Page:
Could You Be Arrested For What You Searched On Google Last Week?

Keyword Warrants Are Here With a Host of Troubling Questions

Grant Piper
4 min readOct 14, 2021


Photo by Nathana Rebouças on Unsplash

An unsealed warrant came into the public eye this month with troubling implications for the future of free speech, criminal justice, and big tech. In a now public warrant, Google was petitioned by the government to turn over all of the information of users that searched for certain phrases during set periods of time. The warrant was a part of a child trafficking investigation in Wisconsin. The federal investigators were looking for anyone who searched for certain names and addresses of the alleged victim and her family.

The parameters surrounding this warrant were fairly narrow in scope but the warrant has raised questions with legal experts and citizens alike. This warrant was secret until just recently and it makes internet users wonder how many of these warrants are circulating and how widespread they are becoming.

If Google is being asked for sensitive user information in connection to criminal cases, is Facebook? How about Microsoft? How broad can these warrants be?

Privacy concerns

The warrants in question are known as keyword warrants in which certain phrases or information are targeted. The government determines whether a suspect or person of interest could be identified by their search history and then outlines keywords, phrases, names, or information that someone might search if they are connected to the case. The warrant then asks companies like Google to provide the IP address, physical address, and name of the person doing the searching so they can be further investigated by the FBI.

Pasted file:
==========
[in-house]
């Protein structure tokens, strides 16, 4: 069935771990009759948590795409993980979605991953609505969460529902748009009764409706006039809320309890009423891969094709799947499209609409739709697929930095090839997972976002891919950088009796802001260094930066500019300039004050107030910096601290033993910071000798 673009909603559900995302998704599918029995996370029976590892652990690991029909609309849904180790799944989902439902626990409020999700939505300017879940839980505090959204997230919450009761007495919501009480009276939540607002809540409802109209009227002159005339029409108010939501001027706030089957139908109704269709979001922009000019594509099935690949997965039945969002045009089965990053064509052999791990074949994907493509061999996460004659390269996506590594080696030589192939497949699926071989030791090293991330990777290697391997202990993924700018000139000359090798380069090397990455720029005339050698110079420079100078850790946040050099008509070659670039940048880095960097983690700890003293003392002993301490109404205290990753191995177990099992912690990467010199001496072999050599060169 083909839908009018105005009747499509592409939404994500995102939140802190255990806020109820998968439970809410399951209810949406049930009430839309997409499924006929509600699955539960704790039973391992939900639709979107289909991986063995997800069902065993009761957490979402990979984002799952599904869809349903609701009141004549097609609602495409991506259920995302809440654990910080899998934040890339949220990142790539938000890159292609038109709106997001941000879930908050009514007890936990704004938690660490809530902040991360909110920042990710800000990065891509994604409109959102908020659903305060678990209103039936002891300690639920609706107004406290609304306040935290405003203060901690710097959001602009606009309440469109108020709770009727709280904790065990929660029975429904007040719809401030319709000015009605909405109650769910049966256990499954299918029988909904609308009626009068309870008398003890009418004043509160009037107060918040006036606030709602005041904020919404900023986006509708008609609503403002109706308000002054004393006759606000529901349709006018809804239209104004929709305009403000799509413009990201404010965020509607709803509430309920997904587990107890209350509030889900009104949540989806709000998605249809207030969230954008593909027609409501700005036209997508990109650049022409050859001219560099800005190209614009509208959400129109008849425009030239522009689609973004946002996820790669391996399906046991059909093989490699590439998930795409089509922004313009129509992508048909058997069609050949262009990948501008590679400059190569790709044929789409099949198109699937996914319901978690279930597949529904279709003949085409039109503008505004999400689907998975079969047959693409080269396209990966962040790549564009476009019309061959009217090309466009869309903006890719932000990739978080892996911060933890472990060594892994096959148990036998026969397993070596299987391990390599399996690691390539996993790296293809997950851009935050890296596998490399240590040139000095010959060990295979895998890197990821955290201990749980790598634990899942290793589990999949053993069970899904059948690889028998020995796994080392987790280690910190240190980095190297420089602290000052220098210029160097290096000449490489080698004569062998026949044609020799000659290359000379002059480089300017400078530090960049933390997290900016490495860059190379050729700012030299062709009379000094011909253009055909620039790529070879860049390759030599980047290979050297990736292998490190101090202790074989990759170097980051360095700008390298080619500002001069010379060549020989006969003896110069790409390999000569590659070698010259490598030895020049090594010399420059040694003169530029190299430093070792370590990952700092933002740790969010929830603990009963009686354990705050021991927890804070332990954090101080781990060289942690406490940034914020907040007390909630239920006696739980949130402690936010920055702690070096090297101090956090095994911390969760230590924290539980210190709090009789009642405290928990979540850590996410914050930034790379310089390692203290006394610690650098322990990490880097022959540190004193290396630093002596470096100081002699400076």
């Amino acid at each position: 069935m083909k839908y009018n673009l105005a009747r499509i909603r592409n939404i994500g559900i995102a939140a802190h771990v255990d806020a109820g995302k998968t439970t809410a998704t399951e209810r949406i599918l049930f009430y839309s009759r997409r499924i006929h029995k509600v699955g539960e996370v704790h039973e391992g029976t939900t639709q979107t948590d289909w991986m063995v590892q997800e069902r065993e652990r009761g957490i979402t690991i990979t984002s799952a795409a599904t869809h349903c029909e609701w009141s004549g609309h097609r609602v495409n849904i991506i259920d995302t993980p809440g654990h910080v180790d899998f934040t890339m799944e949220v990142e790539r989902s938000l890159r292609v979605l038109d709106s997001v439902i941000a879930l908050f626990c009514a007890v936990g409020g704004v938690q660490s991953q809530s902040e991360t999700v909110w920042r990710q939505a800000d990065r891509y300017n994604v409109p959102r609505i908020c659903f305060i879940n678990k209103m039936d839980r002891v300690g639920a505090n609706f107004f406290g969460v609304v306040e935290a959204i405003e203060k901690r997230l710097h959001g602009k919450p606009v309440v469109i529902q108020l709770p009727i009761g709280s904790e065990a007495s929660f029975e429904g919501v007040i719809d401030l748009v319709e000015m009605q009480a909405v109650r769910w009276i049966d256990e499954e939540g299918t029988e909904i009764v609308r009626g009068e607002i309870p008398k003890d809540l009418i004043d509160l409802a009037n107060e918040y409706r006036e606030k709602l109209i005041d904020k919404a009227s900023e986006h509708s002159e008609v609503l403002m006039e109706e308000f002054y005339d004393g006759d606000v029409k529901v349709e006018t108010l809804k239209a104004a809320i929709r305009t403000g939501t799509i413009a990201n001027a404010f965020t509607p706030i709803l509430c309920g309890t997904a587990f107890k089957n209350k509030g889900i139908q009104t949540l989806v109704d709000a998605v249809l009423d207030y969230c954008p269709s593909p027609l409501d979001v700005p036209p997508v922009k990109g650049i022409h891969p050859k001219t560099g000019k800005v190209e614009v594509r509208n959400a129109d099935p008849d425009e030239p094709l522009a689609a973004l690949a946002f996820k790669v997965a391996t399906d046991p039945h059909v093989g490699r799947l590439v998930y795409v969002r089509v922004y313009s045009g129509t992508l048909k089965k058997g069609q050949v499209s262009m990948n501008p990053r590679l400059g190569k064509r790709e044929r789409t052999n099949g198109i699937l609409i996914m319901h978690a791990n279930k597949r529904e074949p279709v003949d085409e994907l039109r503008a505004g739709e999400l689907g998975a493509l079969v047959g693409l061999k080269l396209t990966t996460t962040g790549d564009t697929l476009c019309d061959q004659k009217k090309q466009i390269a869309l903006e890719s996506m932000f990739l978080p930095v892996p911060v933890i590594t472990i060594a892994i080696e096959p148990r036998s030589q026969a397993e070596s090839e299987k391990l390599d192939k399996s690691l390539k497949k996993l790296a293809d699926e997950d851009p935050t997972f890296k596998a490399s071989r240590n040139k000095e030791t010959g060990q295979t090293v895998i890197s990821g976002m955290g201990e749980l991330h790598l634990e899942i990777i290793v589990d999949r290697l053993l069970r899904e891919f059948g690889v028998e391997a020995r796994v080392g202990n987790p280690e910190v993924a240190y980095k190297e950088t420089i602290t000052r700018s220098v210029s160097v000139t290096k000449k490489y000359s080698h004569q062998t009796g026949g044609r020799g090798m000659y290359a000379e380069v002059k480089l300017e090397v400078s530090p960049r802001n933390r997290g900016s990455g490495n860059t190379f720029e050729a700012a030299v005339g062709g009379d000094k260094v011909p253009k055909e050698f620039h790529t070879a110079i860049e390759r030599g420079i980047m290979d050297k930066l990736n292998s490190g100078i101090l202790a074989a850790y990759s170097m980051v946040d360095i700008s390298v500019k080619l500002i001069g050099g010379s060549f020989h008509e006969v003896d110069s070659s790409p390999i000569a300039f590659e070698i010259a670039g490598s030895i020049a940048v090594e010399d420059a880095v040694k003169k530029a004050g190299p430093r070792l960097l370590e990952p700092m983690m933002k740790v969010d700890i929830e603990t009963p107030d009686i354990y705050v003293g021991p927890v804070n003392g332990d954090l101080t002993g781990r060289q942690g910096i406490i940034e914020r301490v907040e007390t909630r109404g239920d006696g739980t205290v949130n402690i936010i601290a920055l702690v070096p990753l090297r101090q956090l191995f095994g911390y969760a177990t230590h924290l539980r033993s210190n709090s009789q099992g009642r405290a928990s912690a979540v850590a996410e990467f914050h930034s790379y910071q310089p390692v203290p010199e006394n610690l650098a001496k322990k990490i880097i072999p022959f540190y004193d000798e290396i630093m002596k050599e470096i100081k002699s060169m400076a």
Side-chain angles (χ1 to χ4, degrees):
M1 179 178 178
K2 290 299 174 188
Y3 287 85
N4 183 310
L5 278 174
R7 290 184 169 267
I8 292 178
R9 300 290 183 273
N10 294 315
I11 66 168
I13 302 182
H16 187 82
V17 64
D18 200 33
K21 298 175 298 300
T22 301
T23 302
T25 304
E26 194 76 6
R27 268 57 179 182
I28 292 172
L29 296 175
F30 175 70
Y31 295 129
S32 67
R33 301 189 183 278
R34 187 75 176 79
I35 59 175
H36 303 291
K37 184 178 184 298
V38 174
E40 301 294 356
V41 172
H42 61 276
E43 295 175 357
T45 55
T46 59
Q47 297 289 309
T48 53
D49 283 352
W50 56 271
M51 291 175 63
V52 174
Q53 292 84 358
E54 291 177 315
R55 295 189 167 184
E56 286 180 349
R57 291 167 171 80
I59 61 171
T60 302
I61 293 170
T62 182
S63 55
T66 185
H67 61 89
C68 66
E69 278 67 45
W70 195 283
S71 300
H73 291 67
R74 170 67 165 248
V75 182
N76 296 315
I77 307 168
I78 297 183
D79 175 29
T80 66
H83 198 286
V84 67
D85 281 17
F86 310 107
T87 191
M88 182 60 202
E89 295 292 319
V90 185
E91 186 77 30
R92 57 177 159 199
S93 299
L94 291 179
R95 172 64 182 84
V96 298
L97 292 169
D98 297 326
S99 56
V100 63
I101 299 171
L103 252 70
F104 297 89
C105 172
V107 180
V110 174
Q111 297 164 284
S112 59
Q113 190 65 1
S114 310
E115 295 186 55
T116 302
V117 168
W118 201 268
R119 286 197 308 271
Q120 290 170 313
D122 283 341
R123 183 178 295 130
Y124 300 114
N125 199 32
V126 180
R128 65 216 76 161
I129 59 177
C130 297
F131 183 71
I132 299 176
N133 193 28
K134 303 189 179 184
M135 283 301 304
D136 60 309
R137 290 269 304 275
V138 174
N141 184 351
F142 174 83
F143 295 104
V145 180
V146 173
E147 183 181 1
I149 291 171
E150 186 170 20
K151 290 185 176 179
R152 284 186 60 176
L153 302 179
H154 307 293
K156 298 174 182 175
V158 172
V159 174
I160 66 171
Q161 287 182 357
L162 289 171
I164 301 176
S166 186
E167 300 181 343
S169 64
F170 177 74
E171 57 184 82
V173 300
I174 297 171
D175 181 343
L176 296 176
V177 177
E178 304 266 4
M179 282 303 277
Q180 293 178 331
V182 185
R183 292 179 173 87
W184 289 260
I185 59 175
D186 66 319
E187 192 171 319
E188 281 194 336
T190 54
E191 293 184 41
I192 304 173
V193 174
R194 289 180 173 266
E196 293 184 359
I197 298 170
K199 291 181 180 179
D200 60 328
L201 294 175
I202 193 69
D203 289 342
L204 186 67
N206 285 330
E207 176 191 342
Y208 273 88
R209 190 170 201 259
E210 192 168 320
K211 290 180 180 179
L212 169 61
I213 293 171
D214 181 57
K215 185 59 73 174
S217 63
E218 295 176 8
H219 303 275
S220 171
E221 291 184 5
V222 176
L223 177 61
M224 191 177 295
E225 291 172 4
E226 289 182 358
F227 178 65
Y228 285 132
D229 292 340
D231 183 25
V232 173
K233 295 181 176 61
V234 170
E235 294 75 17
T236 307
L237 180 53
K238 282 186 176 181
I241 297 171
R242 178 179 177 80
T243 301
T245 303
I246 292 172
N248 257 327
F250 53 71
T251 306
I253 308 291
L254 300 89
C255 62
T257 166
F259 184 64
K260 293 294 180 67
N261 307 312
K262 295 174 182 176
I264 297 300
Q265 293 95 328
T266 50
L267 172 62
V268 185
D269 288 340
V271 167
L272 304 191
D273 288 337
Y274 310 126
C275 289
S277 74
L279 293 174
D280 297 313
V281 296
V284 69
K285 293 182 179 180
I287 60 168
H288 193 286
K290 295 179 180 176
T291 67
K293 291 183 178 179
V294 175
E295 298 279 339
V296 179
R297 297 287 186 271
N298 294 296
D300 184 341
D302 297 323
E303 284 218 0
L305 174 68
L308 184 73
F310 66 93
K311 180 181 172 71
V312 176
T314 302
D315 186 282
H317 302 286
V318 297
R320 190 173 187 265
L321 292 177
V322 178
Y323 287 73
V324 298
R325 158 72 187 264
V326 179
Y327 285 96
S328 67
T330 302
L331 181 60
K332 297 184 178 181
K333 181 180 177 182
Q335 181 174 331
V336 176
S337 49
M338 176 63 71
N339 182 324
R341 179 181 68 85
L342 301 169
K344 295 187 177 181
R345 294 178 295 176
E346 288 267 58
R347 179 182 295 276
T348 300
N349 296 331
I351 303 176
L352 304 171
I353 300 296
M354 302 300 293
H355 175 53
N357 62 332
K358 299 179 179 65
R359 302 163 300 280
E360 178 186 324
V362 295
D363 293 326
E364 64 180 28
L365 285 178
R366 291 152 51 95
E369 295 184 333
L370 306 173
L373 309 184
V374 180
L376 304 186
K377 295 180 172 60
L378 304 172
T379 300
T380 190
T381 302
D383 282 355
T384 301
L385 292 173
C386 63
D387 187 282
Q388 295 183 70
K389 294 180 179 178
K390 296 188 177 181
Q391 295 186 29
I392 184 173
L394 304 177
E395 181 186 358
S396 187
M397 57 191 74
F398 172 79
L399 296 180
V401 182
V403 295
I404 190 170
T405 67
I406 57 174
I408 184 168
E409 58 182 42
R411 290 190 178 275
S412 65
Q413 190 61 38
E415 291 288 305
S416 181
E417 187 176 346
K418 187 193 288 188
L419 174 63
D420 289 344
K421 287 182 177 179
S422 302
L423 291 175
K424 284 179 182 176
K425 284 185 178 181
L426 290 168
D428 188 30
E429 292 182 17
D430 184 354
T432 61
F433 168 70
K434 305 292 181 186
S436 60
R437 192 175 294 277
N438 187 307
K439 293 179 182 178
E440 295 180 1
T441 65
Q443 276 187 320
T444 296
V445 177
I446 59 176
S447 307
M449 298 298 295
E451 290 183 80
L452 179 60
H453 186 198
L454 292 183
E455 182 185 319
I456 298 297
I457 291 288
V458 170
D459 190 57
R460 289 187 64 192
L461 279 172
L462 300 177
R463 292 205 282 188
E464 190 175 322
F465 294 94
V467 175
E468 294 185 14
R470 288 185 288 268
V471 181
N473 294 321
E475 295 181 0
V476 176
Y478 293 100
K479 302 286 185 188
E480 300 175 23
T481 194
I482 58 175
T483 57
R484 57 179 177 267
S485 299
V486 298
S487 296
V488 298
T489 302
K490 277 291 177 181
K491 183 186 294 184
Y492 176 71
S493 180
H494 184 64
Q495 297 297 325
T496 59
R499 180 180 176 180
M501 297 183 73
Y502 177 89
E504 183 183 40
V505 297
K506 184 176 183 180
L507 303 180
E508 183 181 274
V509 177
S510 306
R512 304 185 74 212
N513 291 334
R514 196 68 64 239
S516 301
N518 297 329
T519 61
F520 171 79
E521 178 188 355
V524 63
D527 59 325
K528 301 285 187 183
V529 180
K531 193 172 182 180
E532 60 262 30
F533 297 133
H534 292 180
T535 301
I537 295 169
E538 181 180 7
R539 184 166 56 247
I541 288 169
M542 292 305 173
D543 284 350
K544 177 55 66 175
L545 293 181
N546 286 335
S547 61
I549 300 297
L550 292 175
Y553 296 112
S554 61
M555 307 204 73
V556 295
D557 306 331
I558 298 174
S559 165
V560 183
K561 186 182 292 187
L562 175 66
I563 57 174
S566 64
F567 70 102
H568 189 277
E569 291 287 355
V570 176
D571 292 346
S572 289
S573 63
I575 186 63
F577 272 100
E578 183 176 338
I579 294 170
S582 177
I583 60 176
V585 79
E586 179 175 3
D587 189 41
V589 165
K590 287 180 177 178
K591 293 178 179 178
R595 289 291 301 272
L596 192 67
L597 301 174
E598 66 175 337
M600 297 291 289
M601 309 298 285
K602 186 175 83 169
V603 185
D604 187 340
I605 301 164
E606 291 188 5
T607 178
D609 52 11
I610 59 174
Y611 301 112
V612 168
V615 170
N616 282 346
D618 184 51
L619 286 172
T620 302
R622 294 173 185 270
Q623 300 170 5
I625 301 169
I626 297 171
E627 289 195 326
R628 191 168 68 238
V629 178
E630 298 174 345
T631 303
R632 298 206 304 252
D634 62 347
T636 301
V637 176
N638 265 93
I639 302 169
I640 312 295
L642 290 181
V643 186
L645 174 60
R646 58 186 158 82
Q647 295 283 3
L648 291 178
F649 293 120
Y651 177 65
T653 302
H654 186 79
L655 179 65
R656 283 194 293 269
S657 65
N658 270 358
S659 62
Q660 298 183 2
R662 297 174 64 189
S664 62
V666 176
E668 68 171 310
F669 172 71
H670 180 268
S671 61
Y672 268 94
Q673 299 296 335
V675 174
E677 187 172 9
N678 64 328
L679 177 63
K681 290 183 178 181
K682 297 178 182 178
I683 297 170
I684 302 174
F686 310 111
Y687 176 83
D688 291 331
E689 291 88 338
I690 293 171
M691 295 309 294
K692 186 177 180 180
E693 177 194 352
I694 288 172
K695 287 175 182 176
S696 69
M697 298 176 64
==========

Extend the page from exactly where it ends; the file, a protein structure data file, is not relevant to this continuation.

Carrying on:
This is information that Google normally keeps to itself. But just like the metadata mining that the government was doing during the height of the War on Terror, it seems as though more information is being kept on file by these companies than most people are comfortable with.

Innocent crossfire

One of the biggest concerns surrounding the use of these warrants is having innocent web browsers caught up in investigations. Names are specific but they are also extremely common. Even names that people think are uncommon often are…



Grant Piper

Thought provoking articles, when time and payouts permit it.